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Mike Tueller has many talents. He completed an academic conference paper in high school, served in the U.S. Navy and studied at Harvard University. He also landed his childhood dream job: professor.
“Of course, there’s no way I could have known as a preschooler what a university professor really did,” said Tueller, associate professor of ancient Greek in the School of International Letters and Cultures at Arizona State University. “So, I have to consider it the sheerest luck that I’ve actually found this job suits me.”
Tueller started programming computers for a research project at a local university while in high school. The project’s aim was to develop high-powered space-based lasers as part of former President Ronald Reagan’s Strategic Defense Initiative, more commonly known as the “Star Wars Defense” plan.
“I’ll admit this may sound more impressive than it is, but you should remember it was the '80s. A university research project couldn’t have a grad student do the work because the only people who knew how to program computers were high-schoolers,” he said. “But this means I delivered my first academic conference paper when I was 17, and in a completely different field from the one I find myself in now.”
As an undergraduate at Harvard University, Tueller first majored in astrophysics for his love of science. He said he hadn’t heard of the Classics as an academic field until he met one of his roommates. He switched his major to Classics and received his bachelor’s degree in 1992.
“I still love science, but I really wanted to try something different,” Tueller said. “And, like a lot of people who make similar switches, I was hooked.”
Tueller took a Navy Reserve Officers' Training Corps scholarship at Harvard. He served as an officer in the U.S. Navy for four years in between his undergraduate and graduate years, most of which was spent in Puerto Rico. In 2003, he completed his doctoral program in classical philology at Harvard. He taught for five years at Brigham Young University before joining the faculty at ASU in 2008.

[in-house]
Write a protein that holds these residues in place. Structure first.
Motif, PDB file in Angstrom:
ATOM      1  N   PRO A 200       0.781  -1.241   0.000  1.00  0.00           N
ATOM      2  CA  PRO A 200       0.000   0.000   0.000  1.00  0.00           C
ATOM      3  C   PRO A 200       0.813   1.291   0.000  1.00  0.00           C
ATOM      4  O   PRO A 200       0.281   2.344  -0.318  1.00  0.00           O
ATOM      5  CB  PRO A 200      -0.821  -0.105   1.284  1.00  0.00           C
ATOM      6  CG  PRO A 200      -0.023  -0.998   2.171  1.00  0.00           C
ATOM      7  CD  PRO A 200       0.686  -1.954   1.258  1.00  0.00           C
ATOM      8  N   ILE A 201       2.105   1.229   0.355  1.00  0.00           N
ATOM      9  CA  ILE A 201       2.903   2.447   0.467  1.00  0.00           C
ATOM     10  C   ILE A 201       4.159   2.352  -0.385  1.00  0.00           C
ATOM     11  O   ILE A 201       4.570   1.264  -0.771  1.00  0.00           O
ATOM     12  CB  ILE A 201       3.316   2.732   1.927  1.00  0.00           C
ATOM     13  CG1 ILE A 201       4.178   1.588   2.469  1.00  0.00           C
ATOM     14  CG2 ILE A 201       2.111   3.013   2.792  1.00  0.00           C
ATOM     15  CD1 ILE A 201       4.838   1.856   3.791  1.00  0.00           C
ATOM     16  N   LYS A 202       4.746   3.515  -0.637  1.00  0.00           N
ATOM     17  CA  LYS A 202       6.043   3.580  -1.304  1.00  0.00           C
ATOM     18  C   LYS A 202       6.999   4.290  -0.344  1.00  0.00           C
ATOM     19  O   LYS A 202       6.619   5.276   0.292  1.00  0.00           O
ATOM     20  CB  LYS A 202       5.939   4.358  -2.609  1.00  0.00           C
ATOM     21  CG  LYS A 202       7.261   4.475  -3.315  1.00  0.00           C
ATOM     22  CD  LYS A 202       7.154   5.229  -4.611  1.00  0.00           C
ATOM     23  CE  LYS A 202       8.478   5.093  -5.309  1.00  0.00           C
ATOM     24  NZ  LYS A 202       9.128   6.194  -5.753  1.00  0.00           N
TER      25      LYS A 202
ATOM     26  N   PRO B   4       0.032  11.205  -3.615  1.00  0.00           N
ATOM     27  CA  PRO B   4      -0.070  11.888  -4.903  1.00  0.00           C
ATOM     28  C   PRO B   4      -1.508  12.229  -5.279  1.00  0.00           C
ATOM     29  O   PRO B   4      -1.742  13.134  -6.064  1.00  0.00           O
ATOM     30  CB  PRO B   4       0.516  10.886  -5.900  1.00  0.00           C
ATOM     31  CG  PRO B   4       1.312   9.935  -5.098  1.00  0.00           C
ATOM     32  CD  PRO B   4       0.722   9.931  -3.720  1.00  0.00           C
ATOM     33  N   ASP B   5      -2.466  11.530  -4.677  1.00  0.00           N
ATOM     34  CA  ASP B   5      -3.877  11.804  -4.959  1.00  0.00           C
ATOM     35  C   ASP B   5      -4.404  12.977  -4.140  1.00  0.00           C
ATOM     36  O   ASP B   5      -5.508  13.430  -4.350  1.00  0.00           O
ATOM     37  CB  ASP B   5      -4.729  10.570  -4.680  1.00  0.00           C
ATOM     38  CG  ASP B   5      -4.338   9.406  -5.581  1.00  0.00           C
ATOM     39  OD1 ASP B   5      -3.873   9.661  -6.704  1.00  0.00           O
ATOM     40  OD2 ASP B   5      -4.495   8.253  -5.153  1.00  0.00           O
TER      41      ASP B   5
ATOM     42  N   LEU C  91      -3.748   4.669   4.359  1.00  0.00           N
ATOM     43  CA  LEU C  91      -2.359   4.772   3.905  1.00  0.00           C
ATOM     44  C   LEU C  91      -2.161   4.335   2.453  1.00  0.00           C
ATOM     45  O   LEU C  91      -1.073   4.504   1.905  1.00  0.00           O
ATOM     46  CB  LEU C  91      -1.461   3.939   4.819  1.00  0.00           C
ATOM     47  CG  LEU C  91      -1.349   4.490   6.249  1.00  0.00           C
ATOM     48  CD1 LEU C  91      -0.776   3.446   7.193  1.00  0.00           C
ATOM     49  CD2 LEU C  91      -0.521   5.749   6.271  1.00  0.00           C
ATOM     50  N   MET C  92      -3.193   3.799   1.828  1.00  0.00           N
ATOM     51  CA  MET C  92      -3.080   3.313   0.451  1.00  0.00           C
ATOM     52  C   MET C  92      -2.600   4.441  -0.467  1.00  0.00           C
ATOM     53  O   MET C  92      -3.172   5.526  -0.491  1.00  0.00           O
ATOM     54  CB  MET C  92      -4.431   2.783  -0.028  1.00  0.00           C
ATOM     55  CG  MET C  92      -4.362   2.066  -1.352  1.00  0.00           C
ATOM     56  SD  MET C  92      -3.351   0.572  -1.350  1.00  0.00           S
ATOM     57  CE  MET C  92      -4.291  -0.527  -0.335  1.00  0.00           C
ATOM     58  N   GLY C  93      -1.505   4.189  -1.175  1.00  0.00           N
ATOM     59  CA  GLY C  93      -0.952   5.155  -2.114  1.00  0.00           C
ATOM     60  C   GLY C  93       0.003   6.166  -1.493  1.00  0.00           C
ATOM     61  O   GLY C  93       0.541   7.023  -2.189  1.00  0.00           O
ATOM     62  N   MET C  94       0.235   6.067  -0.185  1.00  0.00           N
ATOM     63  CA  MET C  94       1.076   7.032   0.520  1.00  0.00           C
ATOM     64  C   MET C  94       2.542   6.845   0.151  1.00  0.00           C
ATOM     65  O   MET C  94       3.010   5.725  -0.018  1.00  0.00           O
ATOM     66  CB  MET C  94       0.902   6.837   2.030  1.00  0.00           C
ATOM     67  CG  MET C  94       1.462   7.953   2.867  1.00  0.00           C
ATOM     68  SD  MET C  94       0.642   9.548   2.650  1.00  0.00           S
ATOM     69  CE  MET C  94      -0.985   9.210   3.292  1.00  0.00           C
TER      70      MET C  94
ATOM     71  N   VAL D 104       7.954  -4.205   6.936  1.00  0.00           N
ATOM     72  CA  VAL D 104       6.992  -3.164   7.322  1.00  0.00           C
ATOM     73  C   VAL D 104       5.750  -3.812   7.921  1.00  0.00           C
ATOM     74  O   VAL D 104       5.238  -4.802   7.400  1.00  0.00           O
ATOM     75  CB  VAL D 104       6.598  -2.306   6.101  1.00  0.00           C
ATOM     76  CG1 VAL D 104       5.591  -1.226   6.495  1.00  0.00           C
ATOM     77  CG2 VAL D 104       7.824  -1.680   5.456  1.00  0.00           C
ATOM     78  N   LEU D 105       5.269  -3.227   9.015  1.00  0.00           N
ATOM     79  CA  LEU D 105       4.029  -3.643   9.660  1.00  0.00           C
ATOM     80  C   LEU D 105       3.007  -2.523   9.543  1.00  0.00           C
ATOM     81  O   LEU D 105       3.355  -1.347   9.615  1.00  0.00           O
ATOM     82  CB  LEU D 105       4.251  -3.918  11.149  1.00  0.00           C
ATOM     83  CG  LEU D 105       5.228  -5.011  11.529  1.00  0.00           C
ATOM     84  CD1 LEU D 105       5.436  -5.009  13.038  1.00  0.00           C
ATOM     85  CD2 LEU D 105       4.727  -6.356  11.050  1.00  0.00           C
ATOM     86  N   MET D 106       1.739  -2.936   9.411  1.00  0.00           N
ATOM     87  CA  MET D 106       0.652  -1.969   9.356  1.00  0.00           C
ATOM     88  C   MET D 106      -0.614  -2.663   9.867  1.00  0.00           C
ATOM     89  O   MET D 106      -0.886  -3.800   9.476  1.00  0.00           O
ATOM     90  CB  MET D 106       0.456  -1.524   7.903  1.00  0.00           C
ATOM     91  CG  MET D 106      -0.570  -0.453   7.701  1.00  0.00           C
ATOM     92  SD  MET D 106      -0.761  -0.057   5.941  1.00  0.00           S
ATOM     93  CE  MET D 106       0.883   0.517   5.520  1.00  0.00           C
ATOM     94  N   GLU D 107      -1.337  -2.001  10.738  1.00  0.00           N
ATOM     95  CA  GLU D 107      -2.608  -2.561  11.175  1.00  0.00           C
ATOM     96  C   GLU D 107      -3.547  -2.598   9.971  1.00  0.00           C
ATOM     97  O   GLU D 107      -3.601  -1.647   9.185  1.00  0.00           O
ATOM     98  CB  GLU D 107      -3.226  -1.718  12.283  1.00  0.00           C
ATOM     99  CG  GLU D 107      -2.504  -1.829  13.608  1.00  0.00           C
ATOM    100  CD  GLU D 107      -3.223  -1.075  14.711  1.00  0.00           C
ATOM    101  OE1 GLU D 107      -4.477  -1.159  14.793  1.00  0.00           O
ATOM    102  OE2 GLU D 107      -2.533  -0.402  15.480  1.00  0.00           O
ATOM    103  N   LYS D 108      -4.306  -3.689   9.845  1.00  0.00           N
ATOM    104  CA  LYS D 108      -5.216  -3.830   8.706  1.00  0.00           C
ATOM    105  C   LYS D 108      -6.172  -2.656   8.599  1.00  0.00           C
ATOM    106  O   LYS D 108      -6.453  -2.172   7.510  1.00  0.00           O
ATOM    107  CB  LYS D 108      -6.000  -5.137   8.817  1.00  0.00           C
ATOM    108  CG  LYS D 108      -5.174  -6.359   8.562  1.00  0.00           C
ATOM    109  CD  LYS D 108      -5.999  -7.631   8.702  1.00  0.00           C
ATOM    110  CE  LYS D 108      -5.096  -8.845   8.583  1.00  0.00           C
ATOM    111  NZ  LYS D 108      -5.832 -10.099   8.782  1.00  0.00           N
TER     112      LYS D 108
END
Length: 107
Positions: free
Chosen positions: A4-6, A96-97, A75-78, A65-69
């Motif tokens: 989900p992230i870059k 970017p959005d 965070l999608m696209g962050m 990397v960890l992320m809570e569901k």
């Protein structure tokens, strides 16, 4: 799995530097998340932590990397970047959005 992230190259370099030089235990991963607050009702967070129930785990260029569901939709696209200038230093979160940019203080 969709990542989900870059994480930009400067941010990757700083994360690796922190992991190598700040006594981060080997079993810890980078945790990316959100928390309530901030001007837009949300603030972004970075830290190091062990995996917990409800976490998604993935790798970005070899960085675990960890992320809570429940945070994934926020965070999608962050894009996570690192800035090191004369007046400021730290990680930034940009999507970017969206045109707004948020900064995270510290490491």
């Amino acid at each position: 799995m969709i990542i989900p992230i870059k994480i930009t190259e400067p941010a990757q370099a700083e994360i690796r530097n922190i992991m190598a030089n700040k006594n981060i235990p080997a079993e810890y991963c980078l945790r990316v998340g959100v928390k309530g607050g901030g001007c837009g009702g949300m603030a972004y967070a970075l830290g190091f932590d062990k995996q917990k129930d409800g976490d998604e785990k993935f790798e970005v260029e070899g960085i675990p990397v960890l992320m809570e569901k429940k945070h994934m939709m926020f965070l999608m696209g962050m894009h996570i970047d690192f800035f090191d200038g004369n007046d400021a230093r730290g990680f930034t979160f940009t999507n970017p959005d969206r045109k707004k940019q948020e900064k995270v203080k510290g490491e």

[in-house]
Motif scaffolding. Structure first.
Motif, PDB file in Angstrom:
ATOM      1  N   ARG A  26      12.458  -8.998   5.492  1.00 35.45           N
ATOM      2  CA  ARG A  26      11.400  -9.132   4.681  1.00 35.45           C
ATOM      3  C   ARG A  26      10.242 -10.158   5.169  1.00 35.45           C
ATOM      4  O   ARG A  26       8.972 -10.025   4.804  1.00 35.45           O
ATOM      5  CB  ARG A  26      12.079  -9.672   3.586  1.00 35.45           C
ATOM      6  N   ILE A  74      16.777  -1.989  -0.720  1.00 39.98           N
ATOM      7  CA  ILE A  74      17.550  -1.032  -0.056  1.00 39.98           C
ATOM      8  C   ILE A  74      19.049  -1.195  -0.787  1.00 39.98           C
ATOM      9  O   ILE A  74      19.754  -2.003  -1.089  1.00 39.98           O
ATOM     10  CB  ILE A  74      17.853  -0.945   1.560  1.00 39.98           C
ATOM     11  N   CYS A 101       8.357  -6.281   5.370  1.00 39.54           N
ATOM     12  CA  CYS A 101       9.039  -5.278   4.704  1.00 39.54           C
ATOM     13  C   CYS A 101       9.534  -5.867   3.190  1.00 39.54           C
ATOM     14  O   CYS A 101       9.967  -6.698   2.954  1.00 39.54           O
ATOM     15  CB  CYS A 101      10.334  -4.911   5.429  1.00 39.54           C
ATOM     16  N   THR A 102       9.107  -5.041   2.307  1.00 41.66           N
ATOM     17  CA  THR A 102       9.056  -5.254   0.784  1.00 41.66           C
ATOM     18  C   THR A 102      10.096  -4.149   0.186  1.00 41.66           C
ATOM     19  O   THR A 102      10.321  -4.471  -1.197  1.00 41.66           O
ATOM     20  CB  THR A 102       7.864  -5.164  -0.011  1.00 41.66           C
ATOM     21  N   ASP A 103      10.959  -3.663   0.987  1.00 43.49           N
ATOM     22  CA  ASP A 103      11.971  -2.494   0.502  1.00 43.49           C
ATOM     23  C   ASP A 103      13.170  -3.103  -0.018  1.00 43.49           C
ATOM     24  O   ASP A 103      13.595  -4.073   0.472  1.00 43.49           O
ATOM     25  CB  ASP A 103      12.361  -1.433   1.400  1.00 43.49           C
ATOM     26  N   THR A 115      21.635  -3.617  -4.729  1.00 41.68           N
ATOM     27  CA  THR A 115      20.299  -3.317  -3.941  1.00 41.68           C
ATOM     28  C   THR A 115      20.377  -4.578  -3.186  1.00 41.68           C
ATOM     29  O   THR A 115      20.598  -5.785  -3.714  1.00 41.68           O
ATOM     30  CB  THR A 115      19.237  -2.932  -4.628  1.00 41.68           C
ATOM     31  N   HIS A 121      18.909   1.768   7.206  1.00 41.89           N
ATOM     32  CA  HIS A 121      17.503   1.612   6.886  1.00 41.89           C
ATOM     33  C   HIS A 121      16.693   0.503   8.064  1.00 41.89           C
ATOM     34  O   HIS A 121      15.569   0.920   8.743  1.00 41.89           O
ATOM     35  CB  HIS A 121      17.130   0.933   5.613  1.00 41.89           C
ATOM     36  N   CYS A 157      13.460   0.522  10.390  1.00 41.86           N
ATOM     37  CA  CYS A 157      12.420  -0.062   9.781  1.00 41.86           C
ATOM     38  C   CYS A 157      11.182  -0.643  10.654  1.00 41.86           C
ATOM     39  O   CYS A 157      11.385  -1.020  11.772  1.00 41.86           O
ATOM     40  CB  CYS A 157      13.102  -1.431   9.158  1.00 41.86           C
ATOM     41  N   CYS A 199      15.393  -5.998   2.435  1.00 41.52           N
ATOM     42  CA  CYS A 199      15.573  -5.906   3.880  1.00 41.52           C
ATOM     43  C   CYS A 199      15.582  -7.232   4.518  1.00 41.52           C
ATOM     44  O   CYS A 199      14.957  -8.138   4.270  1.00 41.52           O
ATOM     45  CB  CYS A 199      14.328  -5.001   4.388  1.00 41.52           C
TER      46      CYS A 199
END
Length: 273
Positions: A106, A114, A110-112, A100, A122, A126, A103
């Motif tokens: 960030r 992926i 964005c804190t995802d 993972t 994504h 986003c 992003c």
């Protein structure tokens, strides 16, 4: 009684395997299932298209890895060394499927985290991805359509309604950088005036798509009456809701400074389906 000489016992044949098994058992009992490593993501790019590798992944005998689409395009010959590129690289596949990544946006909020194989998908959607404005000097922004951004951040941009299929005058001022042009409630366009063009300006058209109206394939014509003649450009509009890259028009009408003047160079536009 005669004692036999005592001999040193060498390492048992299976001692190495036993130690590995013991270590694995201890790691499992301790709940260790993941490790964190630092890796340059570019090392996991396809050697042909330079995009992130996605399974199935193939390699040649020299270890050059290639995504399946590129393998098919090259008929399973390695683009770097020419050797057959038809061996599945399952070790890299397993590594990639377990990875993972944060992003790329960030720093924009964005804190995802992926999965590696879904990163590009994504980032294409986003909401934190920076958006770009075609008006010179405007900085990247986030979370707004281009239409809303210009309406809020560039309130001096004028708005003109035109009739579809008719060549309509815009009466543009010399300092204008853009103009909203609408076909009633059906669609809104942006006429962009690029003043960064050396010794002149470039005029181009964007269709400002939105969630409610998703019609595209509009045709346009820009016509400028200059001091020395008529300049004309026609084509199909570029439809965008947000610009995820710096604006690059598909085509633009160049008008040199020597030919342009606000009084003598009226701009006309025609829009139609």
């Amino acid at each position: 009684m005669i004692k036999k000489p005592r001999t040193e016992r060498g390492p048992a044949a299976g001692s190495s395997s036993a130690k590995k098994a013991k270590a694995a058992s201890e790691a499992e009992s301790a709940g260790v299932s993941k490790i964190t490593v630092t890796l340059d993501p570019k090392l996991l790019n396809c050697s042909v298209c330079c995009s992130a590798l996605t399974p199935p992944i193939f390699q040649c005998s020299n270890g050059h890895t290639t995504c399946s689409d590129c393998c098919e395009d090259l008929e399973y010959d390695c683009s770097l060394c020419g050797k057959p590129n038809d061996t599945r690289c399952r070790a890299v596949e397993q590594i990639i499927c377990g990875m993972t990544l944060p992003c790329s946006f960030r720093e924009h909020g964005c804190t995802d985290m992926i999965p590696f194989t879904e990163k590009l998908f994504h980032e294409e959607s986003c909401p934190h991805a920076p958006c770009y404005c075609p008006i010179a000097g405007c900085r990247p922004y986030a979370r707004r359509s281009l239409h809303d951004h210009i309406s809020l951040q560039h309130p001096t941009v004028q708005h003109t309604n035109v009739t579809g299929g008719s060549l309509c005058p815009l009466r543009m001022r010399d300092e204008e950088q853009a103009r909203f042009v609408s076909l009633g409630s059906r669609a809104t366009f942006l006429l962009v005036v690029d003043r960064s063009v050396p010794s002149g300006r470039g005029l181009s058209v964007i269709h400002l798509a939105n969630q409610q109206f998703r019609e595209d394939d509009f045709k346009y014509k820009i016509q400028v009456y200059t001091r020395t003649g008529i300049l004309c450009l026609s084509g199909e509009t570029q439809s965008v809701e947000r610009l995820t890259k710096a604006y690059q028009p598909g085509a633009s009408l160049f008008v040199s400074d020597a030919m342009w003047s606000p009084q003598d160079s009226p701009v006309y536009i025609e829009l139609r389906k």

Tueller teaches courses in ancient Greek language and literature. His research focuses on Greek epigrams, which began as inscriptions on objects but soon turned into very short, ancient poems that often feature witty turns of phrase or thought. He is currently re-editing the Loeb Classical Library’s standard English edition of “The Greek Anthology,” an ancient collection of about 4,500 short poems.
“These poems are tricky: they’re so short that they omit all context. In fact, they make a game out of forcing the reader to guess what their original context would have been,” Tueller said. “In my research, I have attempted to determine how ancient readers would have processed these poems – from discovering the reader’s starting point to how the nuance of individual words would play out across the poem, and where the surprises lie.”
Tueller said many people criticize forms of speech that are known for being short, such as the “tweet” or “sound bite,” because they believe it’s a diminution of public discourse. Tueller disagrees with this opinion, saying brevity is suitable for some kinds of expression.
“I think the Greek epigram can give us an example of how a rich literary tradition adapted to circumstances that favored brevity,” Tueller said. “Every new thing I discover in my research, no matter how small, feels like a jolt of electricity. And in my teaching, I get to see students have that same experience — a sudden flash of insight can redirect a life.”
While many students come to professors with very specific job-related worries, Tueller said it’s our responsibility as a university to raise their sights beyond the workforce.
“An undergraduate education should give its graduates the skills not just to do what they’re told but to forge their own paths, to innovate and to lead,” Tueller said. “This requires a much broader education in the world and its ways, and the cultivation of some very hard-to-pin-down skills in incisive observation and critical analysis without boundaries.”
Tueller teaches in a field with a long tradition of paying very close attention to words. He said a student who has acquired a precise ability to question the meaning behind words is less likely to be deceived and more likely able to address any need. Further, rigorous habits of reading, writing and speaking make clearer thinkers and more effective leaders.
“Learning involves a leap into the unknown,” Tueller said. “You have to take the risk of being wrong and looking foolish if you’re ever going to make any progress.”